Generation Alpha

Teaching and learning with post-Millennial students.


CREDIT Nexed.pngDuring my years as an elementary school vice principal, I had the opportunity to wander in and out of all the classrooms in the school—ranging from junior Kindergarten to Grade 8.

I was always struck by the time and care quality teachers put into their individual classroom setup; from the bright colors and play-based activity centers of the Grade One classes, to the beanbag chairs and ‘contemplation corners’ for the Grade Sevens.

No one classroom looked the same, and the changes in the ‘look and feel’ as students grew older and matured was no random act.

So how do we move forward to build an LMS that engages its youngest users? There are platforms becoming available that do just that.

It was done by informed educators backed by sound pedagogy.

As educators, we have always known that children of different ages live and learn very differently.

What is meaningful, relevant and engaging to an eight-year old is far removed from what inspires a 15-year old.

And the classroom environment in which these children learn reflects this.

Gen Alpha

In 2017, elementary schools educators are now teaching what is known as ‘Generation Alpha’—the children of Millennials. These are children born starting in 2010. This was the year the iPad came out; Instagram was launched—it was know as the ‘Year of the App’.

Our Generation Alphas has lived and learned with technology since the day they were born.

FETC link.jpgLearn more from Mark Wu and other leading analysts, thought leaders, and educators at the 2018 Future of Education Technology Conference, January 23-26 in Orlando, Florida. 

We are now living in an age where the technology we are using with our students—the types of physical devices and the kinds of software applications we choose—represent yet another environment in which children are expected to learn.

And so enters the Learning Management System.

The Big Business of LMS

An LMS allows for the delivery of ‘online’ courses and materials.

An educator creates a course, adds students and content. They can hand out and grade assignments and keep track of marks and other student data.

Often, they have a social component as well, with text chat, and ‘Facebook style’ posting and commenting.

LMSs were first developed for corporate and post-secondary institutions. This is still where LMS use is most prevalent, with Blackboard, Moodle and Canvas being the most commonly used.

But slowly they have became adopted by secondary and now elementary schools, with platforms like Edmodo and Schoology being developed more specifically for younger students. In 2016, 75 percent of K-12 districts in the United States used an LMS.

LMSs are big business.

With a market predicted to be worth well over $7B by 2018—and with K-12 just a portion of that.

The question that must be asked by educators of our Generation Alphas then, is: are we keeping the learning needs of our younger students firmly in mind when a district chooses an LMS? Are we using sound pedagogy?

A ‘Facebook for Education’

Early in 2017, the K-12 LMS Edmodo had 75 million worldwide users: teachers, students, parents and school administrators—and has been called ‘Facebook for Education’.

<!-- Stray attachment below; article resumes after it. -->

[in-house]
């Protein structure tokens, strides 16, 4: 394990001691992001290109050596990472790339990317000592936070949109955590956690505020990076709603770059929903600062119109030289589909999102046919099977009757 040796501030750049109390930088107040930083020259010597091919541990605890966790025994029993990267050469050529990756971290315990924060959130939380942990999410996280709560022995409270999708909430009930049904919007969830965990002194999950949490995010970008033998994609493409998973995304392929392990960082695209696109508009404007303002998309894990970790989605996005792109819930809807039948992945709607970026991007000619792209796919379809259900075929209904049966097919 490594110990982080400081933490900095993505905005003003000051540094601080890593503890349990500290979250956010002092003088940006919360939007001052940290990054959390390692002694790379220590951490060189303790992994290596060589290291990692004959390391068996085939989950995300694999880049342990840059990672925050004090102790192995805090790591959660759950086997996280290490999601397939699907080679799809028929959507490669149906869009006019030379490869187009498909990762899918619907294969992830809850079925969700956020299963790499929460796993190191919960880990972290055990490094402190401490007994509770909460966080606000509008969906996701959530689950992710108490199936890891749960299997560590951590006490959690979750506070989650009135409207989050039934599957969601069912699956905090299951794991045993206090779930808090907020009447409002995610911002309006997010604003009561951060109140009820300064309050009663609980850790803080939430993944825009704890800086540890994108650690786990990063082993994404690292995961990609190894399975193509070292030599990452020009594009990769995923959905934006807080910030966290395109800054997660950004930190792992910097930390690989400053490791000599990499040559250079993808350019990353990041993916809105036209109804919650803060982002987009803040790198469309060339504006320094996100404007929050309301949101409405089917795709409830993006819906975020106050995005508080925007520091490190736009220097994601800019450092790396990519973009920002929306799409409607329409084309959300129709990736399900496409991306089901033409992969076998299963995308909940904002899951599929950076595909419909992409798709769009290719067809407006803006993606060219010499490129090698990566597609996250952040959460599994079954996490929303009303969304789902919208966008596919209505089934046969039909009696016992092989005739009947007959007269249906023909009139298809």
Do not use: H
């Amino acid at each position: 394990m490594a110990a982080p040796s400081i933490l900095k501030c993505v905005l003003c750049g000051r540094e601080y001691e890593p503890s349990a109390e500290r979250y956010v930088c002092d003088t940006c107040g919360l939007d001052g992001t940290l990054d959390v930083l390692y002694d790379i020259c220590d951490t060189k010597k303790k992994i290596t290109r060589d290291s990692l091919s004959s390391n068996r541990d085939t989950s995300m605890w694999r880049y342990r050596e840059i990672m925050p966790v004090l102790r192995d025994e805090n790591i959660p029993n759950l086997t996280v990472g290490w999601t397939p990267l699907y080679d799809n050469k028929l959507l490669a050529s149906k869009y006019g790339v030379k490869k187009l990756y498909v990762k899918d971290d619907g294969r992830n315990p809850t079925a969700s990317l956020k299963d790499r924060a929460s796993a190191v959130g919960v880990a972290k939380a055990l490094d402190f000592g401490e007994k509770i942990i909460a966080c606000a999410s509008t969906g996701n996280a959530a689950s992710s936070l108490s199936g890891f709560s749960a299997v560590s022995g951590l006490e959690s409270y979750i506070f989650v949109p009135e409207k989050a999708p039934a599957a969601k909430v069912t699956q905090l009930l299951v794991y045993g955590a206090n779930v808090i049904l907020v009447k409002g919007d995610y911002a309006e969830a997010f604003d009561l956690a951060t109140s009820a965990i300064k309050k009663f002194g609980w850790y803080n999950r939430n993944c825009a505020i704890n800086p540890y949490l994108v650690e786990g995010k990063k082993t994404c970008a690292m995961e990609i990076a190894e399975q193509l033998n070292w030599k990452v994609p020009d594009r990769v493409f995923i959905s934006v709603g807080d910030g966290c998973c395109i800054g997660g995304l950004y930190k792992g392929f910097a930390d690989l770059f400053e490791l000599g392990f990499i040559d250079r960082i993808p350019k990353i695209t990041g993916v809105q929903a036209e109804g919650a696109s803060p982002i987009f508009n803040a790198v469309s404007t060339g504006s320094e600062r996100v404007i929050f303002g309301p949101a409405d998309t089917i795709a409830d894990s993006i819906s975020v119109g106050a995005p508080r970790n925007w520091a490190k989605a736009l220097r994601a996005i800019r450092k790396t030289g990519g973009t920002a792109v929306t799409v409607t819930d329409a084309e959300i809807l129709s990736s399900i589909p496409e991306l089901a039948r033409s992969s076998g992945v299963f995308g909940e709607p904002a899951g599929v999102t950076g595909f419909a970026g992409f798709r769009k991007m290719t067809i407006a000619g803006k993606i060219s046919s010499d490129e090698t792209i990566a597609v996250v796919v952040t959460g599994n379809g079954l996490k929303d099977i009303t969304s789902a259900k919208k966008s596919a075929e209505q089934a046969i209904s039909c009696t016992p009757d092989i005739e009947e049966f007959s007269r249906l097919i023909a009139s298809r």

Founded by two Chicago school district ‘IT guys’ and launched in 2008, it brought K-12 teachers and parents into an interface they were comfortable with, knew and understood.

So while it was one of the first LMSs to address the unique needs of K-12, the design focus was clearly not on younger students.

There are not a lot of Generation Alphas using Facebook.

In fact, the age group of 13-17 is the smallest percentage of Facebook users. The Edmodo user experience was certainly not created with the elementary school students’ experience in mind.

Moving Forward

So how do we move forward to build an LMS that engages its youngest users? There are platforms becoming available that do just that.

Using game-based and quest-based learning strategies, they are blurring the lines between games and learning management; taking the necessary features of an LMS—but blending them with gaming elements.

Emerging platforms such as Rezzly, originally developed at Boise State University, are partnering with forward thinking districts like Fullerton—a K-8 district outside of Los Angeles.

Together, they have created a quest-based learning platform called iPersonalize where ‘students participate in self-paced, personalized individual and collaborative quest-based learning experiences.

They team up, earn experience points, and level up.

As Fullerton Superintendent Bob Pletka puts it:

“Education is experiencing an engagement crisis where students are increasingly tuning out of traditional educational systems. The focus on proficiency rather than mastery has also taken a toll on students’ passion and desire for learning. One argument might be that it’s just this generation, but when we look at statistics in other areas, we see that these same students are spending on average fourteen hours a week in gaming environments, sacrificing time and energy on systems that seemingly have no real value and yet they are engaged and passionate about learning in these gaming environments.”

Evolving towards game-based learning management?

Good news for our Generation Alphas—and perhaps a glimpse of what’s to come for Learning Management Systems in K-8.

Mark Wu is the co-founder of Nexed, a virtual world enabling authentic learning. He has been working with diverse groups of students for more than 15 years as a classroom teacher, special education resource teachers, and school administrator.

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